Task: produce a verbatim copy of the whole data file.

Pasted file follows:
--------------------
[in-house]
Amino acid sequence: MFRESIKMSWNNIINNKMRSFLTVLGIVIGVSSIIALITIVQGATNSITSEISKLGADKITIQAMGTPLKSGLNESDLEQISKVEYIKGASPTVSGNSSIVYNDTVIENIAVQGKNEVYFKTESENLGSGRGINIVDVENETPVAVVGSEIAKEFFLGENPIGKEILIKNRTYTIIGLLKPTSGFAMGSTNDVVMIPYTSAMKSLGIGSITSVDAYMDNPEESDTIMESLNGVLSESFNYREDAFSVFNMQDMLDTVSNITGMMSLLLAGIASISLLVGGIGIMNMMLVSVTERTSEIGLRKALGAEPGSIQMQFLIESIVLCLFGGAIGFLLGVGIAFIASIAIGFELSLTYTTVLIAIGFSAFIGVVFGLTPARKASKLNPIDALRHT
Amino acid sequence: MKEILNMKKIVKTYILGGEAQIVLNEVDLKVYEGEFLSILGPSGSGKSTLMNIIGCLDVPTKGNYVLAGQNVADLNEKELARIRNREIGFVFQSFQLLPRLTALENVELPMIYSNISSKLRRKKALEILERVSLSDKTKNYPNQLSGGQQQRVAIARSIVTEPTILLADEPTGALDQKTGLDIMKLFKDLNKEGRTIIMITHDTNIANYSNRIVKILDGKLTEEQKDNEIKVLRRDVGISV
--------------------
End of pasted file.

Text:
[in-house]
Amino acid sequence: MFRESIKMSWNNIINNKMRSFLTVLGIVIGVSSIIALITIVQGATNSITSEISKLGADKITIQAMGTPLKSGLNESDLEQISKVEYIKGASPTVSGNSSIVYNDTVIENIAVQGKNEVYFKTESENLGSGRGINIVDVENETPVAVVGSEIAKEFFLGENPIGKEILIKNRTYTIIGLLKPTSGFAMGSTNDVVMIPYTSAMKSLGIGSITSVDAYMDNPEESDTIMESLNGVLSESFNYREDAFSVFNMQDMLDTVSNITGMMSLLLAGIASISLLVGGIGIMNMMLVSVTERTSEIGLRKALGAEPGSIQMQFLIESIVLCLFGGAIGFLLGVGIAFIASIAIGFELSLTYTTVLIAIGFSAFIGVVFGLTPARKASKLNPIDALRHT
Amino acid sequence: MKEILNMKKIVKTYILGGEAQIVLNEVDLKVYEGEFLSILGPSGSGKSTLMNIIGCLDVPTKGNYVLAGQNVADLNEKELARIRNREIGFVFQSFQLLPRLTALENVELPMIYSNISSKLRRKKALEILERVSLSDKTKNYPNQLSGGQQQRVAIARSIVTEPTILLADEPTGALDQKTGLDIMKLFKDLNKEGRTIIMITHDTNIANYSNRIVKILDGKLTEEQKDNEIKVLRRDVGISV